August 23, 2013

  • Mike B.

    I am using Burnyeat's edition (Hackett, 1990), where at 145d, I find "to learn is to become wiser" with the following note added: "the words 'wise' and 'wisdom' in the argument. . . . The point of the argument will come across more naturally in English if readers substitute . . . 'Expert' and 'expertise'." I am Greekless. Does any have an opinion on altering the text for such a reason. I always wondered if 'Sophia' might refer to an excellence of mind that was more than merely intellectual.

    August 22, 2013

  • Mike B.

    At 164d (and elsewhere earlier) Socrates mentions Prtagoras, while apparently assuming that "man is the measure" is equivalent to the notion that "perception equals knowledge." My question: Do these two propositions necessarily entail one another?
    I find the Socrates of the early dialogues congenial. In Theaetetus, however, Socrates comes across as the assured teacher confident in his own knowledge. At times I feel he is lecturing (e.g., at 153), and at other times just playing with words (by "playing with words" I mean to suggest that his argument has little philosophic weight).
    This last question suggests to me that the persona of Socrates in each of the dialogues does embody philosophic content.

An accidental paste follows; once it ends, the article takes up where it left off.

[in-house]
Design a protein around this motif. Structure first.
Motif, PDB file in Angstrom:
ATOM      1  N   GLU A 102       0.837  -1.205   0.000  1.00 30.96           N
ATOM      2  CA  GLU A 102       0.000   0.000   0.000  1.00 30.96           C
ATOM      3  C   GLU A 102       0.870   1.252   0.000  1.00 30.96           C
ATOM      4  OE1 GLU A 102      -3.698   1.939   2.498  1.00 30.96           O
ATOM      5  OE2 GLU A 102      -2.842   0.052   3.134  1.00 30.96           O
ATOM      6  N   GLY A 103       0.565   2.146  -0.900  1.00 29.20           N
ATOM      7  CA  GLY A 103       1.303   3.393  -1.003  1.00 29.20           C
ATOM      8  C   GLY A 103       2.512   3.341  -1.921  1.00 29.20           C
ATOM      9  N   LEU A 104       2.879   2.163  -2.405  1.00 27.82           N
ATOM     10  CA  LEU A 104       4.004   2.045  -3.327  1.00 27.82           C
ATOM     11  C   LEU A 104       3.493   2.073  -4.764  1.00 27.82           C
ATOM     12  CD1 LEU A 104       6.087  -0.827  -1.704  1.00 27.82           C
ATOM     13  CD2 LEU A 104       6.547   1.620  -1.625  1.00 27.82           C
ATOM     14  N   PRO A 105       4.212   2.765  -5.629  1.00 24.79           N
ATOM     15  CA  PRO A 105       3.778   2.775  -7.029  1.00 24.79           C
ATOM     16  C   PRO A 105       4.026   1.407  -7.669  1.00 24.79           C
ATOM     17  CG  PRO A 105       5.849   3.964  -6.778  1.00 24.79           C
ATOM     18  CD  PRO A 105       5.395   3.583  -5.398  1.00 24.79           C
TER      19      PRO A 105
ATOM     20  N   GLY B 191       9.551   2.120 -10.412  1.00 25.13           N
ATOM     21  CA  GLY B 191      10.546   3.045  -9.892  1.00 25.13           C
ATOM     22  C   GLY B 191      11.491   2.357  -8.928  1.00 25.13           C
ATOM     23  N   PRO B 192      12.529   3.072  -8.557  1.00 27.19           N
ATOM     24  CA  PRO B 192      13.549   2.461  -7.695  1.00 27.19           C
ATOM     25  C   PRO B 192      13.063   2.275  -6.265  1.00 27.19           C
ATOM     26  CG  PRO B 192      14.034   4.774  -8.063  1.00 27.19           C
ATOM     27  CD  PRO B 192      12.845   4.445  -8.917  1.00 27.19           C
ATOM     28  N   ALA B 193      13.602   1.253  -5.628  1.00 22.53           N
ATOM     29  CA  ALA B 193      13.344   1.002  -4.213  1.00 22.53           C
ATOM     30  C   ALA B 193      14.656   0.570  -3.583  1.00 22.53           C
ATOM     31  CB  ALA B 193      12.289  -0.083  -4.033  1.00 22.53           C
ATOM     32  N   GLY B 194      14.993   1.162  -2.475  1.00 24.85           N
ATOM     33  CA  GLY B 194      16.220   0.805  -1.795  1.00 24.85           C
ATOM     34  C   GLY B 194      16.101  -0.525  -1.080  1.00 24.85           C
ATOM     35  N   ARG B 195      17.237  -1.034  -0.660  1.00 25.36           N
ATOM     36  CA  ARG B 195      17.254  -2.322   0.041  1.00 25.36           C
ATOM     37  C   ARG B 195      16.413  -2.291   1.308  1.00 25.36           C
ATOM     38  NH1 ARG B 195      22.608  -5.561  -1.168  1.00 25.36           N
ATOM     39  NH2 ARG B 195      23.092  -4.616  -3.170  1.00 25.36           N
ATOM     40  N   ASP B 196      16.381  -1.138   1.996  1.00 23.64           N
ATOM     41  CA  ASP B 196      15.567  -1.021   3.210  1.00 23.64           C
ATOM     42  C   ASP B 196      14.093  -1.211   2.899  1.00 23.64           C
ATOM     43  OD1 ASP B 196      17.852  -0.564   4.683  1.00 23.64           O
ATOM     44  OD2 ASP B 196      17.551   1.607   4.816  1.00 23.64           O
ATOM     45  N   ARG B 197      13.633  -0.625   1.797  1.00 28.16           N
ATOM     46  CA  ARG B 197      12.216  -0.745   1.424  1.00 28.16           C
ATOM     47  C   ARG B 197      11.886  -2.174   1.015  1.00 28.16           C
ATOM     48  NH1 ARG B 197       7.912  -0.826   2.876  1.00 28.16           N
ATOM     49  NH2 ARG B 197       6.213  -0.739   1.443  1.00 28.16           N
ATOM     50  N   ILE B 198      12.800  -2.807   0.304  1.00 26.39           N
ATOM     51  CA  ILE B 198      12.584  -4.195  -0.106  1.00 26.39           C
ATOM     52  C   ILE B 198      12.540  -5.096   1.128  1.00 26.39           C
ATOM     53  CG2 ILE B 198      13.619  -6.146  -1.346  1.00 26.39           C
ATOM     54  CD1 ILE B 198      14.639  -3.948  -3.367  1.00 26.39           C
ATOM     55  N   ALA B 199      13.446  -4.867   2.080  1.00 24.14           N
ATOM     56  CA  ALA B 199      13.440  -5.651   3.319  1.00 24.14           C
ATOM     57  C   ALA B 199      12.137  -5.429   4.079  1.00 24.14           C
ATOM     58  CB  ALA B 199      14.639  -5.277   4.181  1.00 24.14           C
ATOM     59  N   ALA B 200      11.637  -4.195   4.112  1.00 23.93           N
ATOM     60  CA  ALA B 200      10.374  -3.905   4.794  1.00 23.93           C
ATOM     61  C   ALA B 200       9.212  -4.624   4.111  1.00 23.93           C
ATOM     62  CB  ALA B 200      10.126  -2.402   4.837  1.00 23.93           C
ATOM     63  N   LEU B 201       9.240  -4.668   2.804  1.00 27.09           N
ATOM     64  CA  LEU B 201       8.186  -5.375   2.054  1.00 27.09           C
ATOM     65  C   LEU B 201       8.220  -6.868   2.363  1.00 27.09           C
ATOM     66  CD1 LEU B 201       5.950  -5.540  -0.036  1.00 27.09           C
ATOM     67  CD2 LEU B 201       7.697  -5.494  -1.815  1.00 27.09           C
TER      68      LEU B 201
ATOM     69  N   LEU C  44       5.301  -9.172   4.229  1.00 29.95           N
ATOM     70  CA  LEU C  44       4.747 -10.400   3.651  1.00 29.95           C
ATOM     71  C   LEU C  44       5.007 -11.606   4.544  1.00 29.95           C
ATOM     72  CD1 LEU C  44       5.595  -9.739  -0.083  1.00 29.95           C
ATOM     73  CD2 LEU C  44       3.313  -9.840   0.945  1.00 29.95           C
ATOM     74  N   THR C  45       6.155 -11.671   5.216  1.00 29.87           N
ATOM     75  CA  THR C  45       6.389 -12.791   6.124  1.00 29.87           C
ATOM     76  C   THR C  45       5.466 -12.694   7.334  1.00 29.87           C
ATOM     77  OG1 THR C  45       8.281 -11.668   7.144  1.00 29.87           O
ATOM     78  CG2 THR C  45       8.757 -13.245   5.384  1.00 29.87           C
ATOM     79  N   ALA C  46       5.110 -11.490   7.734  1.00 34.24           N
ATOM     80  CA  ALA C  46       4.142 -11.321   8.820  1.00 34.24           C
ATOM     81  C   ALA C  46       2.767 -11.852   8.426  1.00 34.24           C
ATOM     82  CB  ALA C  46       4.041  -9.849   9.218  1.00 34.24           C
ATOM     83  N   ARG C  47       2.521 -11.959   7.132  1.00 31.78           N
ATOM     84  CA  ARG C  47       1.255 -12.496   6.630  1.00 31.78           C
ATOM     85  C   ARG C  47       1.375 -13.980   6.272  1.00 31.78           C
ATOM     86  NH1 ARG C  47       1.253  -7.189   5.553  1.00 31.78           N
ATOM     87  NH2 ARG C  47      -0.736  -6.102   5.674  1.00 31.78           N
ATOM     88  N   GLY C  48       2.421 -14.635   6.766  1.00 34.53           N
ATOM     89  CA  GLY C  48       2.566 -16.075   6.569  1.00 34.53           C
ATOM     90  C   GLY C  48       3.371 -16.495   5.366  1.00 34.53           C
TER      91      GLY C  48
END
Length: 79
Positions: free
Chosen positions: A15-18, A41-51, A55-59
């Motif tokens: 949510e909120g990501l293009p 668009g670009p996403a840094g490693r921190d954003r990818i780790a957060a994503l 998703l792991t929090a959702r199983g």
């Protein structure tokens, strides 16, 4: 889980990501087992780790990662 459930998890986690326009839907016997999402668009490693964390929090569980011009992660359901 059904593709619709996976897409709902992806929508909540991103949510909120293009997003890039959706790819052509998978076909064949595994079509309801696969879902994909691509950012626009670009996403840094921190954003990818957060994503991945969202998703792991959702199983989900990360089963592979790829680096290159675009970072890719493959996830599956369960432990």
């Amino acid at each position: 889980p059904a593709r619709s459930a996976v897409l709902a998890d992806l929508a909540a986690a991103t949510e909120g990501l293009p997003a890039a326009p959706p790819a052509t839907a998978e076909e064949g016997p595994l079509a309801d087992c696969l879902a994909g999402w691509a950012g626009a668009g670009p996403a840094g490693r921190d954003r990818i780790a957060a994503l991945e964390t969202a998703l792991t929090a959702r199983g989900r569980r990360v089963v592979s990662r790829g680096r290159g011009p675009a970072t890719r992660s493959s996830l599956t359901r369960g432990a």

August 22, 2013

    • Brian

      hmm. The two sentences can be blended together: each man's (judgment of his) perception is the measure of knowledge of things.

      August 22, 2013

  • Brian

    Theaetetus is a mathematician. I think we can understand this dialogue with reference to the divided line in the republic, moving from senses to hypothesis, to something truly grounded

    August 19, 2013

    • Erik C.

      Isn't Euclides the mathematician, and Theaetetus his student?

      August 20, 2013

    • Brian

      Theodorus is the mathematician. Theaetetus is the student, but I think he gets to be called a mathematician too since it explains why he's such a good interlocutor compared to Meno/Callicles who sucked at math. For example, Theaetetus figures out what a definition should look like and doesn't stick on particulars. Nor does he spend lots of time disagreeing with himself

      1 · August 20, 2013

  • Mike B.

    Erik, theaetetus is a student of Theodorus.

    August 20, 2013

  • Mike B.

    Let me challenge everybody's ingenuity: what can be made of the slave who reads Eucleides' notes? We seem to have a lot of factors here, beginning with Plato's thoughts on texts versus oral exchange and which easily confuses me. Why? Well, to begin we might think that knowledge should be something stable and un changing. Yet a text for Plato is flawed precisely because it says the same thing over and over again.

    August 20, 2013

    • Erik C.

      The owner of the slave also makes a comment about the accuracy of his text. About how he wrote it down, then checked the story against Socrates' account whenever he had a question. I think that this is potentially significant for the whole dialogue.

      August 20, 2013

  • Adam

    Knowledge, eh?

    July 7, 2013

    • Brian

      That MIGHT be helpful???

      August 16, 2013

    • Brian

      No consensus on justification. Because to give a proper logos, presupposes we know what knowledge is. But this is precisely the object of our inquiry to discover.

      August 19, 2013

  • Mary

    :)

    1 · July 7, 2013